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House Votes to Repeal 2001 Authorization for Use of Military Force

Sailors prepare an F/A-18E Super Hornet from Strike Fighter Squadron VFA-143 for launch during flight operations aboard USS Abraham Lincoln in the Arabian Sea, June 5, 2019. (Mass Communication Specialist Second Class Matt Herbst/US Navy)

The House on Wednesday voted to repeal the 2001 Authorization for Use of Military Force, which the Trump administration has appeared ready to cite justifying armed conflict with Iran should such a conflict arise.

The repeal was included in a nearly $1 trillion spending bill that passed the Democrat-led House 226–203, largely along party lines. The AUMF, passed three days after the terrorist attacks of September 11, 2001, authorizes a U.S. president “to use all necessary and appropriate force against those nations, organizations, or persons he determines planned, authorized, committed, or aided the terrorist attacks that occurred on September 11, 2001, or harbored such organizations or persons.”

Although no Republican lawmakers voted for the spending bill, some have criticized the AUMF in the past, arguing that it gives the president too much power to make war. “It is indisputably clear that the authority given to the executive under the AUMF passed after 9/11 has become too broad and needs updating,” Senator Rand Paul (R., Ky.) wrote in an op-ed last year.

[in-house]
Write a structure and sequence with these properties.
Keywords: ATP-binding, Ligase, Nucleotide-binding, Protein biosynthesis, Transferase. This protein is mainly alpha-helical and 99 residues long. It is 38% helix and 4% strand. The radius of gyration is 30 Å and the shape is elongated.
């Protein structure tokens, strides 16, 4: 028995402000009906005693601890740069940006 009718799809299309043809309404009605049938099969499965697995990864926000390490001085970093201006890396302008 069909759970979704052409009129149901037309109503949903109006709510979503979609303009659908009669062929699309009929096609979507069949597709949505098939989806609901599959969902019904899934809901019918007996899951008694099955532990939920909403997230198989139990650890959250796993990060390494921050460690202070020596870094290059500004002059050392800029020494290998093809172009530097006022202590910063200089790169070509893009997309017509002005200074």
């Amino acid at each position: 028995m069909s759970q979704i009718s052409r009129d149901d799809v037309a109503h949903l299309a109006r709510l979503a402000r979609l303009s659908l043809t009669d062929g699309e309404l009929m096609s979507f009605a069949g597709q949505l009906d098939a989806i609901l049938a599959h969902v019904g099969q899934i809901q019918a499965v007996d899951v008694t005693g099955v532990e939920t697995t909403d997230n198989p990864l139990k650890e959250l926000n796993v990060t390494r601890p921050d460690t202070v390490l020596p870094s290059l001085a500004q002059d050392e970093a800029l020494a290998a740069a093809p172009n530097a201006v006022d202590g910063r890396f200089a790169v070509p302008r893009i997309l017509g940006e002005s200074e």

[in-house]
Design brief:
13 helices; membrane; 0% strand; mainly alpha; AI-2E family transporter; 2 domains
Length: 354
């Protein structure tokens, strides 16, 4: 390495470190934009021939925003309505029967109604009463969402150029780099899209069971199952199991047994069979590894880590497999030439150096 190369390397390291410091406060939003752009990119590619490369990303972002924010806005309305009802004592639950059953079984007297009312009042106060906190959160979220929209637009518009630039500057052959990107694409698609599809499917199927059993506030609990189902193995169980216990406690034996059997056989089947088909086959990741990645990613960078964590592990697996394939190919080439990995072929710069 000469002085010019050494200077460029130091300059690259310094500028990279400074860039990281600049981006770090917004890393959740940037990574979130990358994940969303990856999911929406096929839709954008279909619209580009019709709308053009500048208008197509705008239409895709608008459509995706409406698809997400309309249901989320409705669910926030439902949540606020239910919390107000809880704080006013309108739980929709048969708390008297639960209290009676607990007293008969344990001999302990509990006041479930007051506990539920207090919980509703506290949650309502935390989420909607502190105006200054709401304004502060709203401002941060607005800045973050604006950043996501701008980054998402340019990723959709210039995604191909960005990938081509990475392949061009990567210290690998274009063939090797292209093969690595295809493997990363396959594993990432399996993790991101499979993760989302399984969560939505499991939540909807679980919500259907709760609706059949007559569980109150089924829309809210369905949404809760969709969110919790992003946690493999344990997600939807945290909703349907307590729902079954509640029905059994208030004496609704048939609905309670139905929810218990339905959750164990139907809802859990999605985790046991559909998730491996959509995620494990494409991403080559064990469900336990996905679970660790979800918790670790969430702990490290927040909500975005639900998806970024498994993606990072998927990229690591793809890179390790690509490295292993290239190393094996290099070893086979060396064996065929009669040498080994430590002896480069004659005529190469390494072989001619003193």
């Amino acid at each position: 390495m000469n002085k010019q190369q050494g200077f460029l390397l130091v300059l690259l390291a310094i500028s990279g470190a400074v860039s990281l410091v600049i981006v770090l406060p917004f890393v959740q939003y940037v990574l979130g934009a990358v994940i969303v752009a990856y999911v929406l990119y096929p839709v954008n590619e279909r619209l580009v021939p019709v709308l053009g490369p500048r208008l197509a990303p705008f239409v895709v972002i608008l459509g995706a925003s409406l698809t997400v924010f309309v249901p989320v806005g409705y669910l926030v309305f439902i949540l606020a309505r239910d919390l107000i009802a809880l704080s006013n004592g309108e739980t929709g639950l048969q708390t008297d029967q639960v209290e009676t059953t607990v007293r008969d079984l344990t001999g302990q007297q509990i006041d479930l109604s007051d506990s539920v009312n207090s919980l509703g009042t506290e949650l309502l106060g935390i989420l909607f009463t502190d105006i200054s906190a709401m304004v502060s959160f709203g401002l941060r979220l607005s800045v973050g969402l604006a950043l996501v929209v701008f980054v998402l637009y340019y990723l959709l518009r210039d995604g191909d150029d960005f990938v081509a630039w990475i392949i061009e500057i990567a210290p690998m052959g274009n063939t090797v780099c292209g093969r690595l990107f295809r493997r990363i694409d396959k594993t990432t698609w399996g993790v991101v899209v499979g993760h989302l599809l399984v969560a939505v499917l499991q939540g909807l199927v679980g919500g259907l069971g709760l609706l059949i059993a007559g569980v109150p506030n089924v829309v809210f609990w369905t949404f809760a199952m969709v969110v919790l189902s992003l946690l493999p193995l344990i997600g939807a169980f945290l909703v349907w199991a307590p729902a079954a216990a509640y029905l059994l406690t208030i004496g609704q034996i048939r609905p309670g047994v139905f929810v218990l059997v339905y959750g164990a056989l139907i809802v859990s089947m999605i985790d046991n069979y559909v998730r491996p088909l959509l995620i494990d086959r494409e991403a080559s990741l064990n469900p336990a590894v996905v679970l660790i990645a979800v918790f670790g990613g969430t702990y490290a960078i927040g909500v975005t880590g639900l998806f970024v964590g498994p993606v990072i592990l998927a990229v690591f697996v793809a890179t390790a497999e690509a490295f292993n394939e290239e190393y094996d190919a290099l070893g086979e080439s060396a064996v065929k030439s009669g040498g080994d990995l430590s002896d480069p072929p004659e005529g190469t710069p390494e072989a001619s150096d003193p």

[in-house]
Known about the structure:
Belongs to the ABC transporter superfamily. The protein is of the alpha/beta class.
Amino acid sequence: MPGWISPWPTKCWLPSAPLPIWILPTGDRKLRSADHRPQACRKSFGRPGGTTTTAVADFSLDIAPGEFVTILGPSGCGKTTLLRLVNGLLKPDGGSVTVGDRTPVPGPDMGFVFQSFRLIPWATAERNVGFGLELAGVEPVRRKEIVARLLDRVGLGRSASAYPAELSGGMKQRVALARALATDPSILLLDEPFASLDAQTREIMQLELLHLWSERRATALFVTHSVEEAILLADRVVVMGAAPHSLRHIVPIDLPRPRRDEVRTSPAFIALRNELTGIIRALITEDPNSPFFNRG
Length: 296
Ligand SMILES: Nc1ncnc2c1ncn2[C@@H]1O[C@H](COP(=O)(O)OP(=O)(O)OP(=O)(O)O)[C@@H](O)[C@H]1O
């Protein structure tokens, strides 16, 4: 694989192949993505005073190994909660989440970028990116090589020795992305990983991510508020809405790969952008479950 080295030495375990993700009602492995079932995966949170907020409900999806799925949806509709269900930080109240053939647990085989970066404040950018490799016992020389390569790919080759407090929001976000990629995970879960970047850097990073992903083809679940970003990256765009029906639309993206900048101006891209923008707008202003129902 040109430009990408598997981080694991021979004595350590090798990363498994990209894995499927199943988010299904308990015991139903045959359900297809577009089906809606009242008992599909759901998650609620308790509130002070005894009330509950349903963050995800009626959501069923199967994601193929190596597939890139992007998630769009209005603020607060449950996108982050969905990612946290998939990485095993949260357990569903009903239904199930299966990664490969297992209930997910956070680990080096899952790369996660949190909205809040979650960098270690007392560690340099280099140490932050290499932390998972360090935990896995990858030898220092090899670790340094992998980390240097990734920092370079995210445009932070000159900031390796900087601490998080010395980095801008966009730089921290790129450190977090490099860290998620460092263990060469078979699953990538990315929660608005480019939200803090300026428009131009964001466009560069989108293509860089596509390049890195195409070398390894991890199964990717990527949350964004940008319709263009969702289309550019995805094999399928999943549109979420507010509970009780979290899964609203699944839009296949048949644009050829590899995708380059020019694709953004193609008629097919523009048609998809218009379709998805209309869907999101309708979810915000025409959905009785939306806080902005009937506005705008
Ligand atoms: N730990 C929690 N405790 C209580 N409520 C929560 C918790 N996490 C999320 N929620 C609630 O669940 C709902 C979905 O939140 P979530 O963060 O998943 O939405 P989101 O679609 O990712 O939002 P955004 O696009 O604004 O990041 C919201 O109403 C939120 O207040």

At a Senate Foreign Relations Committee hearing in April, Paul tussled with Secretary of State Mike Pompeo, saying that he does not believe the law authorizes the Trump administration to go to war with Iran.

“If you want a war in Iran, you have to come to us. It’s the way the Constitution was written,” Paul said. “You do not have our permission to go to war in Iran, and that should be very explicit.”

VIEW GALLERY: USS Abraham Lincoln

“The factual question with respect to Iran’s connections to al-Qaeda is very real. They have hosted al-Qaeda, they have permitted al-Qaeda to transit their country,” Pompeo responded, saying he would rather leave Paul’s question to lawyers. “There is no doubt there is a connection between the Islamic Republic of Iran and al-Qaeda. Period, full stop.”

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